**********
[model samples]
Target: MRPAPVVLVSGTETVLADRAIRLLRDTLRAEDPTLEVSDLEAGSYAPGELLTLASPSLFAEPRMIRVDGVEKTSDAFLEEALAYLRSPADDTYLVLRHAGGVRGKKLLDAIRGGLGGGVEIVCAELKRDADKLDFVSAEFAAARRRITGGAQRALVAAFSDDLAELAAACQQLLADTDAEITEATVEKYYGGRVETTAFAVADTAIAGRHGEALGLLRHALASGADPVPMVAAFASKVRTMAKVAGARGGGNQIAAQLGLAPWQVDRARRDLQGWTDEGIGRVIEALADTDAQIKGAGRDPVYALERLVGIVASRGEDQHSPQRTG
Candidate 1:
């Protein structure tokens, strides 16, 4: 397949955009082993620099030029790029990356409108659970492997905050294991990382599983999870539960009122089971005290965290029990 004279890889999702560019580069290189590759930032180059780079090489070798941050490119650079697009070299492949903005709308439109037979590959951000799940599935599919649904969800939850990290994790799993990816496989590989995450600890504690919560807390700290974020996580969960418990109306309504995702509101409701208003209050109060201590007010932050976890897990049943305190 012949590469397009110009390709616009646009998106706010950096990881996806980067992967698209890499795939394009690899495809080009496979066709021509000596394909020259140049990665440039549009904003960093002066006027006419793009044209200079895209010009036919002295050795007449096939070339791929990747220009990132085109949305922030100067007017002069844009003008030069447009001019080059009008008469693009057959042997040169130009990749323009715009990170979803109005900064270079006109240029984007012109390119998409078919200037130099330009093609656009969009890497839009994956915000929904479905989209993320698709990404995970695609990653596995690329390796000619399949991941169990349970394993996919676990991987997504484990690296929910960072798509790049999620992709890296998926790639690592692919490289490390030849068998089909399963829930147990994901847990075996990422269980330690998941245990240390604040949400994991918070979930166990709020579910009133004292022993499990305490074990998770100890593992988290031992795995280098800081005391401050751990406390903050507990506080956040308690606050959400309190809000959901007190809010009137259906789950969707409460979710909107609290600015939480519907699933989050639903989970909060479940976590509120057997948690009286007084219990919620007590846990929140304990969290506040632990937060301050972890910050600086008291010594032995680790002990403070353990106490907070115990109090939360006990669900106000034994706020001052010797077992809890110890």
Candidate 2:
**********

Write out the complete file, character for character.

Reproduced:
[model samples]
Target: MRPAPVVLVSGTETVLADRAIRLLRDTLRAEDPTLEVSDLEAGSYAPGELLTLASPSLFAEPRMIRVDGVEKTSDAFLEEALAYLRSPADDTYLVLRHAGGVRGKKLLDAIRGGLGGGVEIVCAELKRDADKLDFVSAEFAAARRRITGGAQRALVAAFSDDLAELAAACQQLLADTDAEITEATVEKYYGGRVETTAFAVADTAIAGRHGEALGLLRHALASGADPVPMVAAFASKVRTMAKVAGARGGGNQIAAQLGLAPWQVDRARRDLQGWTDEGIGRVIEALADTDAQIKGAGRDPVYALERLVGIVASRGEDQHSPQRTG
Candidate 1:
């Protein structure tokens, strides 16, 4: 397949955009082993620099030029790029990356409108659970492997905050294991990382599983999870539960009122089971005290965290029990 004279890889999702560019580069290189590759930032180059780079090489070798941050490119650079697009070299492949903005709308439109037979590959951000799940599935599919649904969800939850990290994790799993990816496989590989995450600890504690919560807390700290974020996580969960418990109306309504995702509101409701208003209050109060201590007010932050976890897990049943305190 012949590469397009110009390709616009646009998106706010950096990881996806980067992967698209890499795939394009690899495809080009496979066709021509000596394909020259140049990665440039549009904003960093002066006027006419793009044209200079895209010009036919002295050795007449096939070339791929990747220009990132085109949305922030100067007017002069844009003008030069447009001019080059009008008469693009057959042997040169130009990749323009715009990170979803109005900064270079006109240029984007012109390119998409078919200037130099330009093609656009969009890497839009994956915000929904479905989209993320698709990404995970695609990653596995690329390796000619399949991941169990349970394993996919676990991987997504484990690296929910960072798509790049999620992709890296998926790639690592692919490289490390030849068998089909399963829930147990994901847990075996990422269980330690998941245990240390604040949400994991918070979930166990709020579910009133004292022993499990305490074990998770100890593992988290031992795995280098800081005391401050751990406390903050507990506080956040308690606050959400309190809000959901007190809010009137259906789950969707409460979710909107609290600015939480519907699933989050639903989970909060479940976590509120057997948690009286007084219990919620007590846990929140304990969290506040632990937060301050972890910050600086008291010594032995680790002990403070353990106490907070115990109090939360006990669900106000034994706020001052010797077992809890110890």
Candidate 2: